[MUD-Dev] In defense of "soloability" [was Law of Diminishing Marginal Utility]

Marian Griffith gryphon at iaehv.nl
Tue Jun 4 22:49:14 New Zealand Standard Time 2002

In <URL:/archives/meow?group+local.muddev> on Wed 29 May, Kwon Ekstrom wrote:
> From: "Clay" <clayf at bu.edu>
>> From: "Ron Gabbard"

>> Why?  Why do we need to be committed to the idea that downtime =
>> social time?  Is it because people started chatting it up when
>> they were bored and had nothing better to do?  Do we need to make
>> people bored in order to make them social?  That doesn't seem
>> like a very good answer.

Socialising is the opposite from being bored.  Well, not the
opposite actually as these are entirely different things, but the
fact remains that socialising implies an entertaining ac- tivity.

> I don't see why a mud needs much downtime.  Actions shouldn't only
> be combat... irregardless of what the player is doing or where
> they're at, there should be something interesting for them to do.
> I've known alot of people who preferred to tinker with skills that
> modify equipment for example.

Socialising is not an activity you can plan. It also is not a single
activity as there are many forms of socialising.  What they have in
common is a time where the primary task of a mud (generally killing
things to increase experience) is interup- ted temporarily to allow
for other activities.  If there are too few players around it will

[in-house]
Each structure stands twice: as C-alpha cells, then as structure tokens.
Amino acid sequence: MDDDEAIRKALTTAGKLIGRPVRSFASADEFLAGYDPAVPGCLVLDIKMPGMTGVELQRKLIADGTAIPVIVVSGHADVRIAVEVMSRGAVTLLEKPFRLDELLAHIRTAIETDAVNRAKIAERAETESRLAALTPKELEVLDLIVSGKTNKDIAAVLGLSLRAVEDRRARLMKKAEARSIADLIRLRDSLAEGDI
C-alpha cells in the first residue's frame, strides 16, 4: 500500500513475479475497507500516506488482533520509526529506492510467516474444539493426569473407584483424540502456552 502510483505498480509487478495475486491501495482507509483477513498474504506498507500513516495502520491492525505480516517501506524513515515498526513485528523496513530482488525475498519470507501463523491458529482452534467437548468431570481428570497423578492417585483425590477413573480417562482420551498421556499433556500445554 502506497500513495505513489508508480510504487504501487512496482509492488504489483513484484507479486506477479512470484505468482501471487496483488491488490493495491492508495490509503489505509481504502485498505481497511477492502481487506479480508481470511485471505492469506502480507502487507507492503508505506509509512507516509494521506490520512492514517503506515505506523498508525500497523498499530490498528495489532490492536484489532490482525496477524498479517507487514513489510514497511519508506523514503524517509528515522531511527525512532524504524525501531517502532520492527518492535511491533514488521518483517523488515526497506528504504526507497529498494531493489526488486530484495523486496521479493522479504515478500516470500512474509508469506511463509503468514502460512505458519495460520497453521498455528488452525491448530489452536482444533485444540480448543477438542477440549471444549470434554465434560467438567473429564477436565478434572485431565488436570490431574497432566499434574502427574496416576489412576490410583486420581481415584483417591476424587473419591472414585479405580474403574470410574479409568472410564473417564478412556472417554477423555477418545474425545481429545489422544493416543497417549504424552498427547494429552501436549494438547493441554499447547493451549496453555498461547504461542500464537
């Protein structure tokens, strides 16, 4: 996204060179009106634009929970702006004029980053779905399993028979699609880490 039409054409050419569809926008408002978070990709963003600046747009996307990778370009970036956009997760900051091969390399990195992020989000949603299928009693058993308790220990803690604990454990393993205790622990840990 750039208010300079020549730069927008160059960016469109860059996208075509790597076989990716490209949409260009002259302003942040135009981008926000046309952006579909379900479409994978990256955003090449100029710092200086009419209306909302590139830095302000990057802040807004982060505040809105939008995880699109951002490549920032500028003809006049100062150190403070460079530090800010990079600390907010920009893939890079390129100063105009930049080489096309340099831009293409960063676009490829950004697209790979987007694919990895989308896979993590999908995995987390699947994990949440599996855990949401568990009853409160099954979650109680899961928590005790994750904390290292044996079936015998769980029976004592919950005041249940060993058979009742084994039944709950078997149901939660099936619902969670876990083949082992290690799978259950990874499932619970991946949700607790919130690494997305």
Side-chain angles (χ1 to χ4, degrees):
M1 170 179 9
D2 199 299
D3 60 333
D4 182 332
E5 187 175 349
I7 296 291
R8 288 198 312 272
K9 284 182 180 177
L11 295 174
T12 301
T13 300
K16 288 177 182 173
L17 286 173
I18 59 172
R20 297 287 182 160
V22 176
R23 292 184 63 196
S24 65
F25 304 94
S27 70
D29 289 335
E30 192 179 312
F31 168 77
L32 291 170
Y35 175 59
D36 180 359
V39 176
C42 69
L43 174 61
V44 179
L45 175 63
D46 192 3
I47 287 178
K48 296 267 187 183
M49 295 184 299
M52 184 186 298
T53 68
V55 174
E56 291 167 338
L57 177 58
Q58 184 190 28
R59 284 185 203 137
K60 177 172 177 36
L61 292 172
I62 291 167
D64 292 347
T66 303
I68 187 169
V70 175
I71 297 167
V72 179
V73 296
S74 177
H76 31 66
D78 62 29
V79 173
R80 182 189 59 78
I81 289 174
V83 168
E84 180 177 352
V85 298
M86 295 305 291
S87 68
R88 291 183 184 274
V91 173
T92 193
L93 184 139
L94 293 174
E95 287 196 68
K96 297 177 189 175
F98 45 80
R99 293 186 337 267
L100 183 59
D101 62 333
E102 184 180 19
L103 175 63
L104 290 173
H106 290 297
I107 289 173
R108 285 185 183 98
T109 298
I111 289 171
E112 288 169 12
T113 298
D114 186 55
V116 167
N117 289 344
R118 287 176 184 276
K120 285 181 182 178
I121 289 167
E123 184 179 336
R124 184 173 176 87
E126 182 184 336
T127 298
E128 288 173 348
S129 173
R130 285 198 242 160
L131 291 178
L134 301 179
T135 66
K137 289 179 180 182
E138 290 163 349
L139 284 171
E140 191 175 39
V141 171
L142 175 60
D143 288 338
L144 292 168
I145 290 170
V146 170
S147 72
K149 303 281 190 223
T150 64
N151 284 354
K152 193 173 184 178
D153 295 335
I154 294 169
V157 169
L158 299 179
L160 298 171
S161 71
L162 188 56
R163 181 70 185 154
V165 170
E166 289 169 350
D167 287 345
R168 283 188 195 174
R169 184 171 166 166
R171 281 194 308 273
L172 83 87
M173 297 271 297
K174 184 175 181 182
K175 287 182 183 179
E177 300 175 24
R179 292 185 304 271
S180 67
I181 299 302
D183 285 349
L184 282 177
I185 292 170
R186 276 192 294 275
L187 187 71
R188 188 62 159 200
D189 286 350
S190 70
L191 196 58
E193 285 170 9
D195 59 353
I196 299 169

not happen, but too many play- ers also make it impossible because
of the spam. There has to be enough time to interact with other
players, but some chan- ce for the players to control the amount of
time spent this way, or they will feel restless and bored, or at
least forced into idleness.  If the players are engaged into other
activi- ties they can not socialise (much).  Yet socialising is an
important factor of any multi-player game, and in many ways the
reason of being for them.  Social interaction allows players to form
greater groups. It creates attachment to the game. It forms a social
structure that does protect the game against destructive behaviour
(to a certain extent).

> There needs to be a regeneration period, aka sleep...

Well, there is no intrinsic value in enforced sleep, anymore than
there is in enforcing having to eat and drink.  Players do seem to
expect it, but a game could easily be created were sleep is

> but I'd prefer to keep that to a minimum.  Your players are there
> to play, not sit idle.  The more you force them to sit idle, the
> more you're going to get afk players.

There is a huge difference from enforcing idleness and allowing for
socialisation. If you force players to be idle they sit and do
nothing.  Socialising allows them to do things together that are not
burdened by the frantic pace of the game, and that do not directly
affect the game.

Yes - at last - You. I Choose you. Out of all the world,
out of all the seeking, I have found you, young sister of
my heart! You are mine and I am yours - and never again
will there be loneliness ...

Rolan Choosing Talia,
Arrows of the Queen, by Mercedes Lackey

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